Justin Walker, executive director of Global Game Changers | Photo by Melissa Chipman
Justin Walker, executive director of Global Game Changers | Photo by Melissa Chipman

Mayor Greg Fischer joined community and school leaders at the Muhammad Ali Center on Wednesday to announce a partnership between the center and Global Game Changers to provide an after-school program for 50 at-risk elementary school students.

Starting this week, 50 students from Whitney Young Elementary in west Louisville will spend every day after school for 16 weeks going through the Global Game Changers educational program. Justin Walker, executive director of the program and a law professor at University of Louisville, said the program will teach them every day that “no matter where you come from and no matter how young you are, you can make a difference in the world.”

The program teaches children through the equation: My Talent + My Heart = My Superpower. That means if you take your talent — whether that’s singing or playing chess or playing basketball — and combine it with a cause that moves you, you can make a difference.

“Many of these children are told far too often, in a hundred subtle and unsubtle ways, that they’re not important, that they’re not talented, and that they can’t make a difference,” said Walker. “They will now be spending every afternoon learning the opposite — that each of us has the ability, and the responsibility, to make our corner of the world a little better for our having been here.”

Mayor Fischer talks to Americorps workers | Photo by Melissa Chipman
Mayor Fischer talks to AmeriCorps workers. | Photo by Melissa Chipman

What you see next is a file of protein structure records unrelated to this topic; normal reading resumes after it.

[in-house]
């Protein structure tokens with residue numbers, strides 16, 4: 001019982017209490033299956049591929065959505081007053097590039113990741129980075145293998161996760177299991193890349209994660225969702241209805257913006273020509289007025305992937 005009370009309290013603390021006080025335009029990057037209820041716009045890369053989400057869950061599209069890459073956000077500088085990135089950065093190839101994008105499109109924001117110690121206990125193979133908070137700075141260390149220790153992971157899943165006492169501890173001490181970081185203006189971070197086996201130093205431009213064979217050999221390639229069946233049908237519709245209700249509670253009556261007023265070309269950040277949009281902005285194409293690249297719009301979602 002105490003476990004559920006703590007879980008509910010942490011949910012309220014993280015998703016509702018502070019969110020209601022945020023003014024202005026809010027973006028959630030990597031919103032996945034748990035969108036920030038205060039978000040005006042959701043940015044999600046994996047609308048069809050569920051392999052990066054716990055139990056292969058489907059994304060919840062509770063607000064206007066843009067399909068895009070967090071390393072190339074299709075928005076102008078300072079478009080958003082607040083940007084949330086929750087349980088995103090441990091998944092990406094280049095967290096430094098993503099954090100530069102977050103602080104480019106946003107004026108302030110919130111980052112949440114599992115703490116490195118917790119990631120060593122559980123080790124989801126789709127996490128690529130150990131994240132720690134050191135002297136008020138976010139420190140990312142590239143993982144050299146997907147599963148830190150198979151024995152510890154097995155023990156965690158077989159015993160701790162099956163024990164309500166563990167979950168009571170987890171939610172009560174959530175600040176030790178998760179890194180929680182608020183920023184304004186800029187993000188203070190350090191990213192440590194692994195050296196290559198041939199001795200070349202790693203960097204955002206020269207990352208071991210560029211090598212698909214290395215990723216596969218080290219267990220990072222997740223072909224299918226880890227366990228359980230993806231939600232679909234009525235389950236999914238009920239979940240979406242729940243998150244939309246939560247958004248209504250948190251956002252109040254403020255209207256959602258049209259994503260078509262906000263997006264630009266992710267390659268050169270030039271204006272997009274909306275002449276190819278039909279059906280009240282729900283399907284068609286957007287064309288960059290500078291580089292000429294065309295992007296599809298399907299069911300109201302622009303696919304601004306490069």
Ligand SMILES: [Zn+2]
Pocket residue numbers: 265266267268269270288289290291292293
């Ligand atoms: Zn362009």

Jefferson County Public Schools Superintendant Donna Hargens declared she has the “best job in Louisville” on mornings like today. She said the most at-risk kids in Louisville enter sixth grade 6,000 enrichment hours behind the average student. Those hours come from after-school programs, sports, parental interactions, cultural events, etc.

The Global Game Changers project will bring in mentors and guest speakers and plan service learning projects for the kids.

Mayor Fischer lauded this program as being a great part of the Compassionate City movement. He said every child dreams of being a superhero, but that a superhero isn’t just great because of his or her powers, but because of goodness. He said the program is a great example of Muhammad Ali’s message of human potential.

Donald Lassere, president of the Ali Center, also announced the center will offer free memberships to any Jefferson County family currently on the Kentucky Transitional Assistance Program. More than 3,000 families receive some sort of financial assistance through KTAP, and they have more than 5,000 children.

Lassere said one of his favorite Ali quotes is: “What you are thinking about is what you are becoming.” He said the free memberships will bring kids to the center so they can start thinking about “becoming great.”



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